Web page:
(For more stories on the continuing fight against ISIS in Syria, buy the latest issue of THE WEEK, dated January 19, 2020)
On October 26 last year, the world’s most wanted man, Abu Bakr Al Baghdadi, blew himself up. The leader of ISIS may be dead, but the ISIS crisis is still not over.
Just three days after the death of Baghdadi, the Islamic State announced its new leader, Abu Ibrahim al-Hashemi al-Qurashi. Like his predecessor Baghdadi, Hashemi too assumed the title of the caliph, or the successor to prophet Mohammed, who would act as the legitimate leader of all the Muslims in the world.
Yes, the death of Baghdadi is not enough to diminish the threat of ISIS. The Islamic State is ripe for a comeback. ISIS is likely to remain more like a decentralised organisation in the countries of the Middle East, Africa, South Asia and East Asia. The Sunni-majority areas of Syria and Iraq are still home to thousands of fighters and sleeper cells of ISIS. In the wake of the Turkish attacks in northeast Syria in November-December 2019, it became clear that ISIS got revitalised.
In the chaos that was created by the Turkish invasion in northeast Syria and after a famous phone call by US President Donald Trump, ISIS sleeper cells have emerged in several regions of northeast Syria and Iraq. According to data available from sources in Rojava, the sleeper cell attacks have risen by 63 per cent. There were 83 documented attacks in November 2019, compared with 51 in September. As much as 85 per cent of these attacks were claimed by ISIS.
The support base for the ISIS still remains intact in certain regions of northeast Syria, like Deir-Ez-Zor. At least 58 per cent of the November attacks occurred in the Deir-Ez-Zor region, claiming more than 20 lives. The regions of Hasakah and Hol are also prone to attacks. In November, there were 21 attacks and 15 deaths in the cities of Qamishli, Hasakah and Hol, pointing to the existence of ISIS and the resurgence of the terror group.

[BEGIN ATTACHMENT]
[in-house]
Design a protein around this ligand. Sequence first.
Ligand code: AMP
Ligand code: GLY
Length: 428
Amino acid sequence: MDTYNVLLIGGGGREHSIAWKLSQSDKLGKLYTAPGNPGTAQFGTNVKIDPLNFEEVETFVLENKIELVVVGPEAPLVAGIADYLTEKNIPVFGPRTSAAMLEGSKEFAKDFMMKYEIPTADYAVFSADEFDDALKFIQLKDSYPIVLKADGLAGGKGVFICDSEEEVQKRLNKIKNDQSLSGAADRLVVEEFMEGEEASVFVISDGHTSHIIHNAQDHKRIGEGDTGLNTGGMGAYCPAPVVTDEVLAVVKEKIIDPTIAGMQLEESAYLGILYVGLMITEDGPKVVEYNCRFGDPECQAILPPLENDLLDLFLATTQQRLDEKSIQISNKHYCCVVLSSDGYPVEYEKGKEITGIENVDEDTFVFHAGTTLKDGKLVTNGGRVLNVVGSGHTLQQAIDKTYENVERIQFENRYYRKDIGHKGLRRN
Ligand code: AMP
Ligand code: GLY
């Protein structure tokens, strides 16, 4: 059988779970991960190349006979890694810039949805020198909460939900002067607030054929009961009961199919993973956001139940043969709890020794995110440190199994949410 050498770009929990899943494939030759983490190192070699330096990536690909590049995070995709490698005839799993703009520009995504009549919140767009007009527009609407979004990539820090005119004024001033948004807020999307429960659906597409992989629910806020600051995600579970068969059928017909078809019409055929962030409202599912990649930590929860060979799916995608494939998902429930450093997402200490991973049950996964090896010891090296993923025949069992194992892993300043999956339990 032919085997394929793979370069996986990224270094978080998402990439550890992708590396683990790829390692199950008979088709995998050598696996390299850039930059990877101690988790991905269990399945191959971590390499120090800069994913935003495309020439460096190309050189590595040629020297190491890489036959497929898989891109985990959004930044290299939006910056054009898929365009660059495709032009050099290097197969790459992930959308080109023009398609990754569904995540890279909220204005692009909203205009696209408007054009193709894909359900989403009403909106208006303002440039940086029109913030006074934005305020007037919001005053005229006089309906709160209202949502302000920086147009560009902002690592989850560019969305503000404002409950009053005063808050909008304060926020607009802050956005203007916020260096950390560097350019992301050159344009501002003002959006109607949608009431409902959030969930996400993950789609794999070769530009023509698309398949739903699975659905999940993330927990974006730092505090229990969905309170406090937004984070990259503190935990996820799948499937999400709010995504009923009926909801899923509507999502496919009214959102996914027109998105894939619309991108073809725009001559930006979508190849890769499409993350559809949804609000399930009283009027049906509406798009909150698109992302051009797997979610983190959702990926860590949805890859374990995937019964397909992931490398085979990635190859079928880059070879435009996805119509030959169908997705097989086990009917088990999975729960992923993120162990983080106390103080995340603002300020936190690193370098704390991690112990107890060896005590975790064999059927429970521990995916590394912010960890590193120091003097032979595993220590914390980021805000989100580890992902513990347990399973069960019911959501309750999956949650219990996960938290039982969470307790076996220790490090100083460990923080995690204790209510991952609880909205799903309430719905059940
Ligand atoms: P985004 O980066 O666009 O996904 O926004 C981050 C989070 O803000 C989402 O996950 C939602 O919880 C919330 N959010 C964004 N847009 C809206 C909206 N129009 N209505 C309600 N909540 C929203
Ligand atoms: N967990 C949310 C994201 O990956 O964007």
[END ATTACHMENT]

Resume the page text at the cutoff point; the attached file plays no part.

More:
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“In the wake of the Turkish attacks, it’s become clear that ISIS feels revitalised in the chaos the invasion has created. On the other hand, despite the continuation of joint SDF and coalition raids, they have not maintained their previous consistency. Much of the progress made in the months following the territorial defeat of ISIS in Baghouz has been reversed, with the numbers of attacks having dramatically risen in the nearly two months since Turkey invaded north and east Syria,” explains researcher Robin Fleming of Rojava Information Centre. Rojava Information Center (RIC) is an independent, volunteer-staffed organisation based in northeast Syria.
“We have also seen ISIS target vulnerable groups and community leaders, with the assassinations of Armenian Christian priests Hanna Ibrahim and his father, Ibrahim Hanna Bido, being the foremost examples of this. Meanwhile, circumstantial evidence suggests Turkish-backed sleeper cells are growing increasingly active in the border regions,”added Robin Fleming.
ISIS still has a support base in Iraq and Turkey and also it is the wealthiest terror group in the world. The Islamic State in 2015 generated its revenue from oil and gas, which totalled $500 million and otherwise through internal taxation earned $360 million. By looting the bank vaults in Iraq in 2015, ISIS gained around $500 million, which is still parked in several parts of the world, thus allowing its economic survival. With its expenses going down from what it spent on healthcare and governance till mid-2019, the rebirth of the Islamic State is not very far.